It’s been awesome sharing my tips with you and I hope they help you with your putting. Happy golfing, Olivia
Practicing these holidays
“The more I practice, the luckier I get” – Gary Player
It goes without saying that the only way to get better at something is to practice, practice, practice. If playing golf didn’t require practice, everyone would be able to do it but we all know that is not true. Becoming a better golfer doesn’t happen overnight but, through dedication and committing to learning a new skill, or improving a particular skill, will make you a better golfer. With the summer holidays nearly here, it’s a great opportunity for you to become that better golfer.
Golf requires three different skill sets – long game (full swing), short game (pitching, chipping and bunkers) and putting. All are equally as important as each other and you should be dividing your practice time equally to all three different skills.
For example, if you have two hours to practice, I would plan my session as follow:
- Stretching: 10 minutes
- Full Swing: 30 minutes
- Break: 10 minutes
- Short Game: 30 minutes
- Break: 10 minutes
- Putting: 30 minutes
It’s also very important to set some goals and challenges during each practice session. You want to make your practice as enjoyable, rewarding and meaningful as possible. Most importantly, you want to have fun while doing it!!
Here are a few challenges for you these holidays.
- Purpose: Aim and alignment
- Equipment: Sticks, witches hats and three flags.
- Set Up: Place targets (ie: a flag) certain distances out from the hitting areas, e.g. 30, 50 and 70 metres out, depending on your level and club you choose you use. Create a ‘V’ or ‘fairway’ down the driving range using cones.
- Points are awarded for each flag you hit past: 1st flag = 1 points 2nd flag = 5 points 3rd flag = 10 points – your balls need to land inside the cones to count and receive points
- Hit 10 balls and record your score. Set a record and try beating it every practice session.
- Purpose: Aim, alignment and distance control
- Equipment: Witches hats, cones or rope to create circles or use Hula Hoops.
- Set Up: Create a bulls-eye about 20 metres away with three circles. Depending on your level you can choose to create larger circles for beginners.
- Hit 10 shots at the bulls-eye and receive the following points: Outer Circle = 10 points Inner Circle = 50 points. Set a record and try beating it every practice session.
- Try from different distances away and set score from a range of different distances.
- Purpose: Distance control and Risk vs Reward
- Equipment: Tape or string to create ladders.
- Set Up: Set up ladders different distances apart to putt over. Use the ladders to create the three different boxes or zones.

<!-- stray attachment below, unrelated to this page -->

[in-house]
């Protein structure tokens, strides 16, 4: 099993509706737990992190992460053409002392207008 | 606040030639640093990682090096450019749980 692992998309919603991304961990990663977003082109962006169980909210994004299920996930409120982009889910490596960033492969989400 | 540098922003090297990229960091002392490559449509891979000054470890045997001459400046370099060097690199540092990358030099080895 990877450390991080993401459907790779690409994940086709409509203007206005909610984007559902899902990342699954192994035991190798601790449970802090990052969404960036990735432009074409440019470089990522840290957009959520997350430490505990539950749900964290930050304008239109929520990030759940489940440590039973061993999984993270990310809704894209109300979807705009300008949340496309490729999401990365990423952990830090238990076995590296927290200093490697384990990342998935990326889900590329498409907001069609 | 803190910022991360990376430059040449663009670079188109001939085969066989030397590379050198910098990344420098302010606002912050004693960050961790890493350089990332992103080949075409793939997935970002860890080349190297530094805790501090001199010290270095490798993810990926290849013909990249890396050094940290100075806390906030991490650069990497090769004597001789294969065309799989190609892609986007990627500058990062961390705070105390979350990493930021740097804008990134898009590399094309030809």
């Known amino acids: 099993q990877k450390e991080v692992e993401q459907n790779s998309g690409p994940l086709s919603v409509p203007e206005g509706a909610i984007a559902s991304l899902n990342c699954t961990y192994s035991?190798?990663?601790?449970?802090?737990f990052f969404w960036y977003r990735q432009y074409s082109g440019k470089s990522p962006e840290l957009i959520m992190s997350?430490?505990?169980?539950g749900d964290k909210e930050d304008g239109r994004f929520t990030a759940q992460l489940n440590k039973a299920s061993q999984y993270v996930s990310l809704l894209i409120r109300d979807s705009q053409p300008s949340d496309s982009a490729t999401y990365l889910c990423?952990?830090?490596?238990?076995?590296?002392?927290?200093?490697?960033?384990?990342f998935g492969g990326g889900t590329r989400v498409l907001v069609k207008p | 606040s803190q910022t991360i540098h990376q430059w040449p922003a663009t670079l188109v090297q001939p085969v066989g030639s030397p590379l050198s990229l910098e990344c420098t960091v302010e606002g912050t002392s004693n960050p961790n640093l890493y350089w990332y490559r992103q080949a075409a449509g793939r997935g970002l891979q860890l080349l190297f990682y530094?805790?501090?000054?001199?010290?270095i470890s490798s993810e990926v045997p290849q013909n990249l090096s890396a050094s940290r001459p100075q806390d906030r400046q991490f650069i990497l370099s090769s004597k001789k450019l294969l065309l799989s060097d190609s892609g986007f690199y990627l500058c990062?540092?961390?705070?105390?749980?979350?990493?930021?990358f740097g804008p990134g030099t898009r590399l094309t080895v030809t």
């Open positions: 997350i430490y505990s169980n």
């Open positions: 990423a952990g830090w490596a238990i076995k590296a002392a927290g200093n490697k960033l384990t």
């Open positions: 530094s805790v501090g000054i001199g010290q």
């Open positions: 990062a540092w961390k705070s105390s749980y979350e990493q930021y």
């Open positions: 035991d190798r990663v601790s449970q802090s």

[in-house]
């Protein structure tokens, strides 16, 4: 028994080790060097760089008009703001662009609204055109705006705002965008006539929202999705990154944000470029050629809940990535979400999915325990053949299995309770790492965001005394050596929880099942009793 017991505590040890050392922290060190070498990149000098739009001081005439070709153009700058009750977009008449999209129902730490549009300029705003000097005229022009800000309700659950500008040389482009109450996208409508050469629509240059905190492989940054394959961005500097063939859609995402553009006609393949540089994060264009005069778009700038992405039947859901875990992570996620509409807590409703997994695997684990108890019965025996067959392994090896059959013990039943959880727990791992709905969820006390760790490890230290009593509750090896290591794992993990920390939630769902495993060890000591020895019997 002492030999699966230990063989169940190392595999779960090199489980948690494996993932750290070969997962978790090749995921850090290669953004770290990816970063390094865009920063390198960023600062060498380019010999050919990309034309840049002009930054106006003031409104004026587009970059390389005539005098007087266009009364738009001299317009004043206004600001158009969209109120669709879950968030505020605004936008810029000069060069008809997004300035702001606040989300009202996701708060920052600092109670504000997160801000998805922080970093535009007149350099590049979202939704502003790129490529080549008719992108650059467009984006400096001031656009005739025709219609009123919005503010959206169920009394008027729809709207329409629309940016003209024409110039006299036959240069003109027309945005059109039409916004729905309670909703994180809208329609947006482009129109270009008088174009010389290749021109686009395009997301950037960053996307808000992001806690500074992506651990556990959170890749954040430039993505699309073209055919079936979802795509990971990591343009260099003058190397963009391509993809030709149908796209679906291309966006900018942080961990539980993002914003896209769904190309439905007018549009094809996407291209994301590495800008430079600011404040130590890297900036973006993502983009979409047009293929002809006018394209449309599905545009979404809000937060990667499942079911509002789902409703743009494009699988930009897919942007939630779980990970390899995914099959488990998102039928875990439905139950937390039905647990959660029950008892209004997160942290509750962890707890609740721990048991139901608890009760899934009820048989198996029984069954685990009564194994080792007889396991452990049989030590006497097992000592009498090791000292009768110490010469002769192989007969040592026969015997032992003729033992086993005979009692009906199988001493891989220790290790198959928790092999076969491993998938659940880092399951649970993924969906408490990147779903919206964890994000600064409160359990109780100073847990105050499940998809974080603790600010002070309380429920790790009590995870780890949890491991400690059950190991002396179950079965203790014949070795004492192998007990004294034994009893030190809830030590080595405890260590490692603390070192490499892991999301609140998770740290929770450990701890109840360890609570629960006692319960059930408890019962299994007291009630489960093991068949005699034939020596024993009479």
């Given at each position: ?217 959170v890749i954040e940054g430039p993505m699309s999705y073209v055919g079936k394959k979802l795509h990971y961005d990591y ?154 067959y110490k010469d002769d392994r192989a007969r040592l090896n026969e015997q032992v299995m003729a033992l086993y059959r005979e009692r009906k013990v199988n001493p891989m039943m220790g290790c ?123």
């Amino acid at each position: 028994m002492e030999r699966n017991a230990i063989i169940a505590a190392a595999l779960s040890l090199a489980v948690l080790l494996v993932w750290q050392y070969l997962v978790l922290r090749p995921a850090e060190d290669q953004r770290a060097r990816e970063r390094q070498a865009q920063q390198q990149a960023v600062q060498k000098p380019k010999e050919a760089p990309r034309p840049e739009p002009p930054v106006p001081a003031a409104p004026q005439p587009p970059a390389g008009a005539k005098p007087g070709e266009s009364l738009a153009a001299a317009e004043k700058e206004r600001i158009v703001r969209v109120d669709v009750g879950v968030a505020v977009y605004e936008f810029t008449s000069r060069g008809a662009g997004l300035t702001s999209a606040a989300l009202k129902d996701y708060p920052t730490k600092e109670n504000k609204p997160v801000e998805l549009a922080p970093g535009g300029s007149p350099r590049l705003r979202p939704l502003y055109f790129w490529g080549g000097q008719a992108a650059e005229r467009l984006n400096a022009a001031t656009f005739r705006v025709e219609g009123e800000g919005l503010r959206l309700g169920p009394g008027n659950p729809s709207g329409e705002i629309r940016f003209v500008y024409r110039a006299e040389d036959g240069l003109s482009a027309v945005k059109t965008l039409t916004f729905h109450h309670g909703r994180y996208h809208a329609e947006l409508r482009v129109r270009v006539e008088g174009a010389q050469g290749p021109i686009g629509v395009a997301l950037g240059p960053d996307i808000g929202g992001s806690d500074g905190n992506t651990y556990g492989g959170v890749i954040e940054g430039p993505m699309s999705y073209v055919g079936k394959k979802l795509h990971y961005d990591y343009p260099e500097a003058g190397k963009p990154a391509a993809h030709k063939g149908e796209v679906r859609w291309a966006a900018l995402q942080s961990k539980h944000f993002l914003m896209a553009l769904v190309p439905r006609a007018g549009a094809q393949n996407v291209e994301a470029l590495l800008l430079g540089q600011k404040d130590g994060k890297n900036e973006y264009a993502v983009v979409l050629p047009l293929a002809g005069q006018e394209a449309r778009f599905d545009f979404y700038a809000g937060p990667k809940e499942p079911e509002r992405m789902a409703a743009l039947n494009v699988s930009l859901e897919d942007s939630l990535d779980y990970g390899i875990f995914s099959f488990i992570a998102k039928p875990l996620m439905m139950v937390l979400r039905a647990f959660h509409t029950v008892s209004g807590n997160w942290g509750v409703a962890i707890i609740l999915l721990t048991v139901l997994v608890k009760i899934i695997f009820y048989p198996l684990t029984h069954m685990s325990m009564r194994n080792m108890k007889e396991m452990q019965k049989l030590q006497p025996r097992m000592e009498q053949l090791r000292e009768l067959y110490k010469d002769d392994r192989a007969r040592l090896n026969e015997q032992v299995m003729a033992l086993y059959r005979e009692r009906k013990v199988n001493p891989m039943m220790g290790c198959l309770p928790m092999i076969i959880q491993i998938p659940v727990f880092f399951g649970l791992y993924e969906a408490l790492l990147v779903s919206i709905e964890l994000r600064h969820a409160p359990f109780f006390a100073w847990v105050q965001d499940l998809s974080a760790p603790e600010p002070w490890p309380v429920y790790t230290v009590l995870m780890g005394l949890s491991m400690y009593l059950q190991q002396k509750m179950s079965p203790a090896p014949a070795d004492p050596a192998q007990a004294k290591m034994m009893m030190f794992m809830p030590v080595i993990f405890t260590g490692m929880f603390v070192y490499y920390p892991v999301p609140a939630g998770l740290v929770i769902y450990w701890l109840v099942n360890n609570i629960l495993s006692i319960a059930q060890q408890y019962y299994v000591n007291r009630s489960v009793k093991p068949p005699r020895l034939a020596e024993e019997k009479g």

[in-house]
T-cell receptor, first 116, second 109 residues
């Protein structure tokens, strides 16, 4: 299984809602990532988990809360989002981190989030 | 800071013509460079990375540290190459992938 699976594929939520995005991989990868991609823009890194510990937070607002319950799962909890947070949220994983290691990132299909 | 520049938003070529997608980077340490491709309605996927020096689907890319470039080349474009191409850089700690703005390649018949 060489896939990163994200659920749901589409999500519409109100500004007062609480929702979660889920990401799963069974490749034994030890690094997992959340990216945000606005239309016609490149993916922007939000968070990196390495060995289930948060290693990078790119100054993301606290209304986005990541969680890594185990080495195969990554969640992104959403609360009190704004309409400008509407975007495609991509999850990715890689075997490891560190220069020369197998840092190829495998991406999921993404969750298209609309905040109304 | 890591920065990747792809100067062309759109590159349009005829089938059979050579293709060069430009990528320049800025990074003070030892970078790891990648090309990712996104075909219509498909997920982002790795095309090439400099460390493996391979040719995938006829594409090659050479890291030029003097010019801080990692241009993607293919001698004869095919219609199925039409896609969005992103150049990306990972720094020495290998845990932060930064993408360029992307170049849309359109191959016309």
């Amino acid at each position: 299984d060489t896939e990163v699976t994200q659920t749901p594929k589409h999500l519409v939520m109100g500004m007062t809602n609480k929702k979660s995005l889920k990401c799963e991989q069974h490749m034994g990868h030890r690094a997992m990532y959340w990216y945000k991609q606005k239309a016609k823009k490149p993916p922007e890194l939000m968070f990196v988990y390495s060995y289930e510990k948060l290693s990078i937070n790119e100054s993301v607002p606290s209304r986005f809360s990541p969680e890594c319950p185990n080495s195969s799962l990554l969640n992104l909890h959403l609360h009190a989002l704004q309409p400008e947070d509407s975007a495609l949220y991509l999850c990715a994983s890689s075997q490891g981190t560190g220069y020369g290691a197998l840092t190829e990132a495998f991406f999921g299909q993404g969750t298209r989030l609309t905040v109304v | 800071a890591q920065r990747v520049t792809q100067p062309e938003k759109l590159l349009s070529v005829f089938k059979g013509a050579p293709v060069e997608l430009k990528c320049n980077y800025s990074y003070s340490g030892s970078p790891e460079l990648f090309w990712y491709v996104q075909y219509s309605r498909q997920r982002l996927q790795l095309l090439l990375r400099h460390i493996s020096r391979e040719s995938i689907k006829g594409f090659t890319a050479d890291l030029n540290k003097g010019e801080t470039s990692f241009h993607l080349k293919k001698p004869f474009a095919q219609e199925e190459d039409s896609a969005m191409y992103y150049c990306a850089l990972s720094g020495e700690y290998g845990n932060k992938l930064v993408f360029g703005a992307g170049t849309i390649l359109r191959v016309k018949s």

- Putt from a particular point and attempt to land the balls in the ladder.
- Hit 10 shots at the bulls-eye and receive the following points, 1st Zone = 1 points, 2nd Zone = 5 points, 3rd Zone = 10 points.
- You can introduce the ‘Snake Pit’ behind the 3rd zone, and if the balls go into the Snake Pit, the snakes eat some or all of your points.
- Try from different distances away and set score from a range of different distances.
Parents – Let’s help grow the game together!
Parent’s play a vital role in helping to grow the game we have all come to love; and what better way to introduce your child to golf than experiencing that feeling of playing out on course together.
Through my own experiences as both player and coach, I have found that kids would much prefer to be out on the course chasing the ball and having fun instead of on the range practicing – unless you are continuingly challenging them with stimulating activities and games.
When kids are on the course, let’s try to imagine ourselves in their shoes. Here are some easy tips to make it a fun and enjoyable experience for both parents and kids out on the course:
- Kids are never too young to be on the course playing – the sooner the better! When starting off I always suggest playing a couple of holes first – just so that they can get the feel of the game.
- Tee up everywhere – let’s make it as easy as possible for kids! Teeing up will help with making better contact with the ball.
- Get the correct equipment – having correctly fitted clubs will only make it easier for your child to hit the ball correctly. We all acknowledge that golf is not the easiest sport to learn so let’s set them up for success – imagine playing basketball with a 20kg medicine ball? Kids will only need three clubs to start with – a driver/fairway, a wedge and a putter.
- Shorten the course as much as possible – get the kids to tee off from where you think they can get on the green for two. It will save time, help with speed of play and kids will not be discouraged and get bored of hitting the same shot and same club ten times over. Imagine playing a hole that’s 800metres long – it’s not fun!
- Keep it simple and focus on the FUNdamentals – grip, posture and balance.
- It’s perfectly normal to not hit every shot perfectly. Don’t focus on the mis-hits, instead let’s encourage and celebrate all the good shots. Let’s help them remember the ‘feel good’ moments that will make them want to come back again and again.